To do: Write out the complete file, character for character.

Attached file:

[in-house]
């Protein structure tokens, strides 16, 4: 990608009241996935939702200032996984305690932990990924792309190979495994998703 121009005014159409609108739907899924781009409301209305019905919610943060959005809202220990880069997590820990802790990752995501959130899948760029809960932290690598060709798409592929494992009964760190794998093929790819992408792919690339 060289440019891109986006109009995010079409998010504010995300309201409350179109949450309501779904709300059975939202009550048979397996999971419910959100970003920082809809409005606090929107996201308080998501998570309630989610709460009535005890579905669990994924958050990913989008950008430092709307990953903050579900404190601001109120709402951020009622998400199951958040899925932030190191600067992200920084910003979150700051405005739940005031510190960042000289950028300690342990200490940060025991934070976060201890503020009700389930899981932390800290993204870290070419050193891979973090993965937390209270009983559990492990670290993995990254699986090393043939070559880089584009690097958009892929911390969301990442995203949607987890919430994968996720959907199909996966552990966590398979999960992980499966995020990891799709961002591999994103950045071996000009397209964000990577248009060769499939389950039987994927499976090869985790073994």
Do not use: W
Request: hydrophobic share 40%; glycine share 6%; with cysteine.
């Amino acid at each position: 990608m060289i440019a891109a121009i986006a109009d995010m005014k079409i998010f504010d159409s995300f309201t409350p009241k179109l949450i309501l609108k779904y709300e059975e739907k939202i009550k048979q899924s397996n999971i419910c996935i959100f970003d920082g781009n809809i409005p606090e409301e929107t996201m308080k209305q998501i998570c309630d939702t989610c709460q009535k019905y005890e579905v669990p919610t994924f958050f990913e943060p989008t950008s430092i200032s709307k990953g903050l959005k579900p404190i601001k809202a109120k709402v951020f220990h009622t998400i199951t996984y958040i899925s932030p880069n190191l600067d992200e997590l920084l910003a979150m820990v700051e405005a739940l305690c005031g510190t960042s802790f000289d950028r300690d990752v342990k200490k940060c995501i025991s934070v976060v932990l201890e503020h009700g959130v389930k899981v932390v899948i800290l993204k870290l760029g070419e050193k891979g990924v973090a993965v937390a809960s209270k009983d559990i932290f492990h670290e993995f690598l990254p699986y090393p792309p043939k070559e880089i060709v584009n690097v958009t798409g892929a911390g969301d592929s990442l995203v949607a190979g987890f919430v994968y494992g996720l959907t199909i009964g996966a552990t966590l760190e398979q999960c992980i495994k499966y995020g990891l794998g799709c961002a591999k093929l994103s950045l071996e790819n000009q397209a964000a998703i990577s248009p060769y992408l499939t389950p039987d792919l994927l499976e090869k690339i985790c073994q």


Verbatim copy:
[in-house]
């Protein structure tokens, strides 16, 4: 990608009241996935939702200032996984305690932990990924792309190979495994998703 121009005014159409609108739907899924781009409301209305019905919610943060959005809202220990880069997590820990802790990752995501959130899948760029809960932290690598060709798409592929494992009964760190794998093929790819992408792919690339 060289440019891109986006109009995010079409998010504010995300309201409350179109949450309501779904709300059975939202009550048979397996999971419910959100970003920082809809409005606090929107996201308080998501998570309630989610709460009535005890579905669990994924958050990913989008950008430092709307990953903050579900404190601001109120709402951020009622998400199951958040899925932030190191600067992200920084910003979150700051405005739940005031510190960042000289950028300690342990200490940060025991934070976060201890503020009700389930899981932390800290993204870290070419050193891979973090993965937390209270009983559990492990670290993995990254699986090393043939070559880089584009690097958009892929911390969301990442995203949607987890919430994968996720959907199909996966552990966590398979999960992980499966995020990891799709961002591999994103950045071996000009397209964000990577248009060769499939389950039987994927499976090869985790073994």
Do not use: W
Request: hydrophobic share 40%; glycine share 6%; with cysteine.
């Amino acid at each position: 990608m060289i440019a891109a121009i986006a109009d995010m005014k079409i998010f504010d159409s995300f309201t409350p009241k179109l949450i309501l609108k779904y709300e059975e739907k939202i009550k048979q899924s397996n999971i419910c996935i959100f970003d920082g781009n809809i409005p606090e409301e929107t996201m308080k209305q998501i998570c309630d939702t989610c709460q009535k019905y005890e579905v669990p919610t994924f958050f990913e943060p989008t950008s430092i200032s709307k990953g903050l959005k579900p404190i601001k809202a109120k709402v951020f220990h009622t998400i199951t996984y958040i899925s932030p880069n190191l600067d992200e997590l920084l910003a979150m820990v700051e405005a739940l305690c005031g510190t960042s802790f000289d950028r300690d990752v342990k200490k940060c995501i025991s934070v976060v932990l201890e503020h009700g959130v389930k899981v932390v899948i800290l993204k870290l760029g070419e050193k891979g990924v973090a993965v937390a809960s209270k009983d559990i932290f492990h670290e993995f690598l990254p699986y090393p792309p043939k070559e880089i060709v584009n690097v958009t798409g892929a911390g969301d592929s990442l995203v949607a190979g987890f919430v994968y494992g996720l959907t199909i009964g996966a552990t966590l760190e398979q999960c992980i495994k499966y995020g990891l794998g799709c961002a591999k093929l994103s950045l071996e790819n000009q397209a964000a998703i990577s248009p060769y992408l499939t389950p039987d792919l994927l499976e090869k690339i985790c073994q």